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Northern Arizona U Reduces NAC Overhead

Northern Arizona University has shifted its network access control (NAC) software in an effort to tackle network security issues more rapidly and to cut maintenance time and costs. In 2010 the university moved to Impulse Point Safe Connect from a legacy Cisco Systems NAC product to manage the network access of nearly 24,000 students.

The university first implemented the legacy product in 2004 to control the kinds of devices that students were using to gain admission to the network. That setup included implementations of the software on 20 servers, one in each residence hall, as well as a central management server. Challenges proliferated.

The old vendor wasn't speedy, according to the university, about upgrading its software to recognize new operating systems or anti-virus software, which meant the machines running new versions would have to be exempted from the NAC's policy checks, thereby leading to security vulnerabilities. Updating the large number of servers running the NAC when Cisco updated its software--two to four times a year--was time-consuming. Also, the development team supplemented the system with custom code, which needed to be painfully recoded every time Cisco updated its product. According to Heather Bell, senior systems administrator, when the NAC would fail on one of those machines, it would bring down the network in that location. Bell estimated that she spent about a third of her time dealing with issues related to Clean Access.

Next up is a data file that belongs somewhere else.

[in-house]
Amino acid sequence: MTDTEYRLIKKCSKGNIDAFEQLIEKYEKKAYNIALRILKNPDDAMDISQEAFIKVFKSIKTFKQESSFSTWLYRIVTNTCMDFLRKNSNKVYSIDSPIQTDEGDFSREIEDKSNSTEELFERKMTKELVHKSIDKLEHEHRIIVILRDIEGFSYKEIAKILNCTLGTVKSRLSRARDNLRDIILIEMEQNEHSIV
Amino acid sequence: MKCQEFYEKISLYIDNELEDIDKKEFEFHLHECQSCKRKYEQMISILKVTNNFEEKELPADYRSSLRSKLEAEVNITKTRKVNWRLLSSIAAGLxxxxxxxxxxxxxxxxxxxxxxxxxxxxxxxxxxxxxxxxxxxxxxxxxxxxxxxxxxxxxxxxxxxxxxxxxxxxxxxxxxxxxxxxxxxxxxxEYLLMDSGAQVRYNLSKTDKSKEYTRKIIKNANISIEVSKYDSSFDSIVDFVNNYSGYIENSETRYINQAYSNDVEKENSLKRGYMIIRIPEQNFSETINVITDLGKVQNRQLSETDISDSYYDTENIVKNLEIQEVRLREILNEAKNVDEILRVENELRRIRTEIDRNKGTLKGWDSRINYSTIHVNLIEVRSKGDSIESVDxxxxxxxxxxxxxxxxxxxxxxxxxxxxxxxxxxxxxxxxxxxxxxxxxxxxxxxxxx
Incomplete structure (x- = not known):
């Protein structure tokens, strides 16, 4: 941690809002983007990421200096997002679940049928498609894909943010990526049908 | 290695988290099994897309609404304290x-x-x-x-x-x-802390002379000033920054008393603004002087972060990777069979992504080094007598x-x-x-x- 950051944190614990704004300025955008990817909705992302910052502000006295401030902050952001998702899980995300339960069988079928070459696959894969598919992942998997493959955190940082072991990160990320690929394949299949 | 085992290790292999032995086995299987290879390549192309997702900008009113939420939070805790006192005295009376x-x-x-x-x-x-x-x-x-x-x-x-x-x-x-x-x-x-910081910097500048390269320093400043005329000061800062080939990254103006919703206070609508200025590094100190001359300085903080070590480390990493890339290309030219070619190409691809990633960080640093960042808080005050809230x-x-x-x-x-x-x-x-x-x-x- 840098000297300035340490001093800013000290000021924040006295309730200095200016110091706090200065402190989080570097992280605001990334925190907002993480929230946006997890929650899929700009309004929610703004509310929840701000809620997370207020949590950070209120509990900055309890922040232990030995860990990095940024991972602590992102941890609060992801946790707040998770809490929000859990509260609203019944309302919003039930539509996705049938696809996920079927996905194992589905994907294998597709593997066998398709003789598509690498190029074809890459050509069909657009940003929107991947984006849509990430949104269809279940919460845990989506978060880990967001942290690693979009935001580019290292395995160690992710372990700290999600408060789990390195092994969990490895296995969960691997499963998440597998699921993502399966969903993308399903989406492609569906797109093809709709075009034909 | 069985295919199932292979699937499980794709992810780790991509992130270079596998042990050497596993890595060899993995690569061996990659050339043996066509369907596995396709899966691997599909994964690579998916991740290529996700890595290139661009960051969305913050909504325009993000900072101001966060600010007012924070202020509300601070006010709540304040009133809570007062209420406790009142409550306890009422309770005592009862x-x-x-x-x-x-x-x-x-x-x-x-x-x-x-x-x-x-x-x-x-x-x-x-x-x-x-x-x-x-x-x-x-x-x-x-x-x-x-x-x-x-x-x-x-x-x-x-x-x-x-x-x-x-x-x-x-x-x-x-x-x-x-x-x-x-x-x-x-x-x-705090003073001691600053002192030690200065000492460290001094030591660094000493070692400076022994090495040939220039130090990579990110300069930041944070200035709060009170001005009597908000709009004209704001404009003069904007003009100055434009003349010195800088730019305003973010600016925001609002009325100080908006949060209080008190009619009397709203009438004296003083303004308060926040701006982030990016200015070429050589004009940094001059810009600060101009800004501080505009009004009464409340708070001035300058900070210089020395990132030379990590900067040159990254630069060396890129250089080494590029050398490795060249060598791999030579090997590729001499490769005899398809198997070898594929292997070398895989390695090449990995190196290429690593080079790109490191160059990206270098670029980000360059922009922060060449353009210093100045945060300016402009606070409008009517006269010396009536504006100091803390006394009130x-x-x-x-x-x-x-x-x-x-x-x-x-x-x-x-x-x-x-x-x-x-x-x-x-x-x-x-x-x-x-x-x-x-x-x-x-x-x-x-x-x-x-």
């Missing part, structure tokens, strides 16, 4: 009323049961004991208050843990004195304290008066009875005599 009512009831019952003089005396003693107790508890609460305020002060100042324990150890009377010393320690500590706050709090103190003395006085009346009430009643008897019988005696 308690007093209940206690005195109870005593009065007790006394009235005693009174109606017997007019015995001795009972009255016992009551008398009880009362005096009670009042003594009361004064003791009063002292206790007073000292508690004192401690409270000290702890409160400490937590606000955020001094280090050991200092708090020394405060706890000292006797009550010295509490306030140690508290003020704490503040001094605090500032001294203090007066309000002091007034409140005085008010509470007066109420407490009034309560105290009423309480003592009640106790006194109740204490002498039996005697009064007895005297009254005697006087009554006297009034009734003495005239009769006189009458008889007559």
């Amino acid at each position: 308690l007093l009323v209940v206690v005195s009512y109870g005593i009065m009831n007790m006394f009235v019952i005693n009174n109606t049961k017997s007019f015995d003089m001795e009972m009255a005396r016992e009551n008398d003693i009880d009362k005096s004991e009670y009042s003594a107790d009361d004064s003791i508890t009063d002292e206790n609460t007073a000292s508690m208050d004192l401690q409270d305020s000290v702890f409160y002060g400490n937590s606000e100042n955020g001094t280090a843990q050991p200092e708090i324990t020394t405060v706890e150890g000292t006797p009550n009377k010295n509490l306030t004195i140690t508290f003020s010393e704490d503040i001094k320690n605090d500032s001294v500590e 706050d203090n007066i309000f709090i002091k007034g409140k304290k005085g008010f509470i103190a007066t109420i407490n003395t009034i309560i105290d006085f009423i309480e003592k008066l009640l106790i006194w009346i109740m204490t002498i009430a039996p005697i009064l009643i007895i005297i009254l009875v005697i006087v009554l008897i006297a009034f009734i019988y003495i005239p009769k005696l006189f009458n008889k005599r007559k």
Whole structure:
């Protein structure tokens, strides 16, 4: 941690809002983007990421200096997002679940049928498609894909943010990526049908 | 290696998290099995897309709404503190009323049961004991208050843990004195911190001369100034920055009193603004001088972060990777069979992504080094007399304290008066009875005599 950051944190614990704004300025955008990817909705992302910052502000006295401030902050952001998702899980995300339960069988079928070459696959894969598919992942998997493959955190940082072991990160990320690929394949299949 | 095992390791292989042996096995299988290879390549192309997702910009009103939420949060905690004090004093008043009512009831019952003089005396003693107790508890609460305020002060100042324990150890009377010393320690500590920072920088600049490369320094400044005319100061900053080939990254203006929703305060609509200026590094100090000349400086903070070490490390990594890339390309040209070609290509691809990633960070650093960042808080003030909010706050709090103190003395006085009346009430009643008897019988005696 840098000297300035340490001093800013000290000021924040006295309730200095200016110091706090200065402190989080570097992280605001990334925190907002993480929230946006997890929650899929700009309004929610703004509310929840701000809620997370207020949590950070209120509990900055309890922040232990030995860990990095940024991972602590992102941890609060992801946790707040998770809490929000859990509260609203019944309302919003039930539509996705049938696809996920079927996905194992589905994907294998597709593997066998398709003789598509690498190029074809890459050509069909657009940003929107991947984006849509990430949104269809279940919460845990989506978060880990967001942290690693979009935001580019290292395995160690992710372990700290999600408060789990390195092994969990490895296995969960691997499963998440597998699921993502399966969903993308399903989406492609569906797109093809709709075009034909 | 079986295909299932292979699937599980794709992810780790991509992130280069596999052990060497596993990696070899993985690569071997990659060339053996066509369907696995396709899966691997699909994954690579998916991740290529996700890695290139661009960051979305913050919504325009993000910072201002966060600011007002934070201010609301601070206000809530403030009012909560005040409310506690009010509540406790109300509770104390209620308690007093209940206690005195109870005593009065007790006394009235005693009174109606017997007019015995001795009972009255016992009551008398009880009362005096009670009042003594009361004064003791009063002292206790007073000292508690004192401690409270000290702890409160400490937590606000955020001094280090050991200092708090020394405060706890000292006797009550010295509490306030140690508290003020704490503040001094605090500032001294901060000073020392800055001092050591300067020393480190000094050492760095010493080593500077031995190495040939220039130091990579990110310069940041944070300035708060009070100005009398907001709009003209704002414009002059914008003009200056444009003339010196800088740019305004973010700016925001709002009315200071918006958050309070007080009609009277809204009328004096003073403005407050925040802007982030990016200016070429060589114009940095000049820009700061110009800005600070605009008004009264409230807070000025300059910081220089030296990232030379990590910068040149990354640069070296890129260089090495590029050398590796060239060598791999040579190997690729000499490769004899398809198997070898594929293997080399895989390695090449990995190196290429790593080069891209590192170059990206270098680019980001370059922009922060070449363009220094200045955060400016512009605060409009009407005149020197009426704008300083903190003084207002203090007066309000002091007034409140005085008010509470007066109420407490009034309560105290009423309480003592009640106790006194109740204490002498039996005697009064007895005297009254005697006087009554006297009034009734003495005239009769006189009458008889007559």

When the IT organization began shopping for a replacement, it was Dell that recommended Impulse Point products to Northern Arizona. "Dell has a lot of credibility here at NAU, so we added Impulse Point to our shortlist for consideration," said John Campbell, director of Academic Computing. "After evaluating multiple options, we selected Safe Connect. Our procurement department appreciated being able to purchase the solution through Dell."

Now the university runs Safe Connect on three campus-based Dell PowerEdge R610 servers with CentOS Linux. However, the NAC servers are managed by Impulse Point through a service agreement. The vendor delivers hardware and software maintenance, including updates and problem resolution. The university maintains control of its policies and enforcement rules via a policy management console. For customization, IT uses a Safe Connect API.

The move has resulted in several areas of improvement: NAC administration and maintenance has dropped by 50 hours per month; NAC-related help desk calls have dropped by half during move-in week; and energy costs have dropped by 86 percent owing to the reduction in servers.

About the Author

Dian Schaffhauser is a former senior contributing editor for 1105 Media's education publications THE Journal, Campus Technology and Spaces4Learning.

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